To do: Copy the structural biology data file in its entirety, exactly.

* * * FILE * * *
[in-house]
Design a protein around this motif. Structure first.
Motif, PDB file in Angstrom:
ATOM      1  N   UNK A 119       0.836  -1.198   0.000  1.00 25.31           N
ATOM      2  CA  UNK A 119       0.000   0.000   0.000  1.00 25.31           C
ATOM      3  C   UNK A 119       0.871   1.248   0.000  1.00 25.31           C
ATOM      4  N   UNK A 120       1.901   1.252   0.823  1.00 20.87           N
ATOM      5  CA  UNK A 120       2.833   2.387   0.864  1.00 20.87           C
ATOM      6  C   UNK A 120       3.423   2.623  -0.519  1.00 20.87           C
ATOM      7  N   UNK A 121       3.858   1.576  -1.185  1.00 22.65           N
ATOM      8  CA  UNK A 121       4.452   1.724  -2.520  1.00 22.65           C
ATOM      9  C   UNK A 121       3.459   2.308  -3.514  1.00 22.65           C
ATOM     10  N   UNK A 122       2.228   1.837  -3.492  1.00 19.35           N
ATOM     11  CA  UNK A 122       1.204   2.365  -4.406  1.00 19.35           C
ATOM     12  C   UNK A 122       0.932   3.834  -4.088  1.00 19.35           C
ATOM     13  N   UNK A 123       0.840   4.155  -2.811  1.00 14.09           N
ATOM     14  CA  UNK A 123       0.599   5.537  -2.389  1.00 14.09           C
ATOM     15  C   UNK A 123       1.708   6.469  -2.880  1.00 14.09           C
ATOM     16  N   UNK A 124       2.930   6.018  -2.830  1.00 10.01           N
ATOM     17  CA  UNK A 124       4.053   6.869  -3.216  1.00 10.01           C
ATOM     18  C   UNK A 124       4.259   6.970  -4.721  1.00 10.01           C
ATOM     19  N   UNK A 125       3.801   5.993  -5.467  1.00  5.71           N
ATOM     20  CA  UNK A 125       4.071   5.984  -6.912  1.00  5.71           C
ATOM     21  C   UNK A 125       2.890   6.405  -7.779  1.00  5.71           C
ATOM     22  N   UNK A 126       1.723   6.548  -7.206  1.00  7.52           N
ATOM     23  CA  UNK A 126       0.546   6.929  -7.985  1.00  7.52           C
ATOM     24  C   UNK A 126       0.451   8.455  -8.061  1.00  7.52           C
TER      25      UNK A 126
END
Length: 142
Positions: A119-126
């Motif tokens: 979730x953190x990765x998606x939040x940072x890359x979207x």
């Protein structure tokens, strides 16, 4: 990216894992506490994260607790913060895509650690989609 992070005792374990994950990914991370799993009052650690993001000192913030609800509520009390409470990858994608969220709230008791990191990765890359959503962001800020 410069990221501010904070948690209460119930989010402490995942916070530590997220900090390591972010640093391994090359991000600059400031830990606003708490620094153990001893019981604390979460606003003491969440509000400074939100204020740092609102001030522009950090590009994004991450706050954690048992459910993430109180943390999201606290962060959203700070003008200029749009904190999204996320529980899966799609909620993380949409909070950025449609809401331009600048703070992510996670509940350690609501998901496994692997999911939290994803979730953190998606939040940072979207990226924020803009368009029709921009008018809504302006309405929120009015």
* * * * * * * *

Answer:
[in-house]
Design a protein around this motif. Structure first.
Motif, PDB file in Angstrom:
ATOM      1  N   UNK A 119       0.836  -1.198   0.000  1.00 25.31           N
ATOM      2  CA  UNK A 119       0.000   0.000   0.000  1.00 25.31           C
ATOM      3  C   UNK A 119       0.871   1.248   0.000  1.00 25.31           C
ATOM      4  N   UNK A 120       1.901   1.252   0.823  1.00 20.87           N
ATOM      5  CA  UNK A 120       2.833   2.387   0.864  1.00 20.87           C
ATOM      6  C   UNK A 120       3.423   2.623  -0.519  1.00 20.87           C
ATOM      7  N   UNK A 121       3.858   1.576  -1.185  1.00 22.65           N
ATOM      8  CA  UNK A 121       4.452   1.724  -2.520  1.00 22.65           C
ATOM      9  C   UNK A 121       3.459   2.308  -3.514  1.00 22.65           C
ATOM     10  N   UNK A 122       2.228   1.837  -3.492  1.00 19.35           N
ATOM     11  CA  UNK A 122       1.204   2.365  -4.406  1.00 19.35           C
ATOM     12  C   UNK A 122       0.932   3.834  -4.088  1.00 19.35           C
ATOM     13  N   UNK A 123       0.840   4.155  -2.811  1.00 14.09           N
ATOM     14  CA  UNK A 123       0.599   5.537  -2.389  1.00 14.09           C
ATOM     15  C   UNK A 123       1.708   6.469  -2.880  1.00 14.09           C
ATOM     16  N   UNK A 124       2.930   6.018  -2.830  1.00 10.01           N
ATOM     17  CA  UNK A 124       4.053   6.869  -3.216  1.00 10.01           C
ATOM     18  C   UNK A 124       4.259   6.970  -4.721  1.00 10.01           C
ATOM     19  N   UNK A 125       3.801   5.993  -5.467  1.00  5.71           N
ATOM     20  CA  UNK A 125       4.071   5.984  -6.912  1.00  5.71           C
ATOM     21  C   UNK A 125       2.890   6.405  -7.779  1.00  5.71           C
ATOM     22  N   UNK A 126       1.723   6.548  -7.206  1.00  7.52           N
ATOM     23  CA  UNK A 126       0.546   6.929  -7.985  1.00  7.52           C
ATOM     24  C   UNK A 126       0.451   8.455  -8.061  1.00  7.52           C
TER      25      UNK A 126
END
Length: 142
Positions: A119-126
């Motif tokens: 979730x953190x990765x998606x939040x940072x890359x979207x």
């Protein structure tokens, strides 16, 4: 990216894992506490994260607790913060895509650690989609 992070005792374990994950990914991370799993009052650690993001000192913030609800509520009390409470990858994608969220709230008791990191990765890359959503962001800020 410069990221501010904070948690209460119930989010402490995942916070530590997220900090390591972010640093391994090359991000600059400031830990606003708490620094153990001893019981604390979460606003003491969440509000400074939100204020740092609102001030522009950090590009994004991450706050954690048992459910993430109180943390999201606290962060959203700070003008200029749009904190999204996320529980899966799609909620993380949409909070950025449609809401331009600048703070992510996670509940350690609501998901496994692997999911939290994803979730953190998606939040940072979207990226924020803009368009029709921009008018809504302006309405929120009015």